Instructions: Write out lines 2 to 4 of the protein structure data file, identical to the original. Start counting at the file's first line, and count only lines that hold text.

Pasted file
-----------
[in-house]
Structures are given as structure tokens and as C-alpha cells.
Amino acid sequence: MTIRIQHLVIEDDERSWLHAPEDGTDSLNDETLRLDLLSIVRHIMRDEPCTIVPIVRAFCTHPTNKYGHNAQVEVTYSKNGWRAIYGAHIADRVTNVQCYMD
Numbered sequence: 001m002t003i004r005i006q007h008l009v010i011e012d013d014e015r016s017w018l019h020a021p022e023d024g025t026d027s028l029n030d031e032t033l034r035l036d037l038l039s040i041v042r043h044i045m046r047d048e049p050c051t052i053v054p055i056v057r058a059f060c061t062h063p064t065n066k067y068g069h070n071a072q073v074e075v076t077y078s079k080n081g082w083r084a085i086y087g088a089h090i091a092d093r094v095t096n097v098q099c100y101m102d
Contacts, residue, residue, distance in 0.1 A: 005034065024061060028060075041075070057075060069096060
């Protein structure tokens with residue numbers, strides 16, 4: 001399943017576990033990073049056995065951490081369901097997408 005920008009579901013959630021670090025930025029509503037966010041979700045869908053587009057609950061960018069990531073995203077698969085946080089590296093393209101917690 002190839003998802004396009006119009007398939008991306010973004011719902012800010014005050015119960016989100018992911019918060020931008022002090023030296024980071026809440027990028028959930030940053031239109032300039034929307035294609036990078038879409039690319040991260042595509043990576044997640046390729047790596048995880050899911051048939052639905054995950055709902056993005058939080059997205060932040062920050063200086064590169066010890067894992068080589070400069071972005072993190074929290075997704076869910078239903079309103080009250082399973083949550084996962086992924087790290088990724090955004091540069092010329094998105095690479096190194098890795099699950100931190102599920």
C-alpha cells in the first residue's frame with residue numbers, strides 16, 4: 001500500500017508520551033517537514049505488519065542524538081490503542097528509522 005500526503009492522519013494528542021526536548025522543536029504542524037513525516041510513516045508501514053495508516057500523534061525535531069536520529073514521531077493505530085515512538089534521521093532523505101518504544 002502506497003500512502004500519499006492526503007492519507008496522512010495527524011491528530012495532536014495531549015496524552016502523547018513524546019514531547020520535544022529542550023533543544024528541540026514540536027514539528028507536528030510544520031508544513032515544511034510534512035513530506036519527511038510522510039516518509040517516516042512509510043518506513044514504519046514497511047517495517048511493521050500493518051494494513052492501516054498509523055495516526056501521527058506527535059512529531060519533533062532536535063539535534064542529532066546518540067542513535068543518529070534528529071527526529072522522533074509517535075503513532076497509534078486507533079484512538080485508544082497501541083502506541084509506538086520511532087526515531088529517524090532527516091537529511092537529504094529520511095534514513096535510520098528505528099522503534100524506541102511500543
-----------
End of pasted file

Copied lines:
Structures are given as structure tokens and as C-alpha cells.
Amino acid sequence: MTIRIQHLVIEDDERSWLHAPEDGTDSLNDETLRLDLLSIVRHIMRDEPCTIVPIVRAFCTHPTNKYGHNAQVEVTYSKNGWRAIYGAHIADRVTNVQCYMD
Numbered sequence: 001m002t003i004r005i006q007h008l009v010i011e012d013d014e015r016s017w018l019h020a021p022e023d024g025t026d027s028l029n030d031e032t033l034r035l036d037l038l039s040i041v042r043h044i045m046r047d048e049p050c051t052i053v054p055i056v057r058a059f060c061t062h063p064t065n066k067y068g069h070n071a072q073v074e075v076t077y078s079k080n081g082w083r084a085i086y087g088a089h090i091a092d093r094v095t096n097v098q099c100y101m102d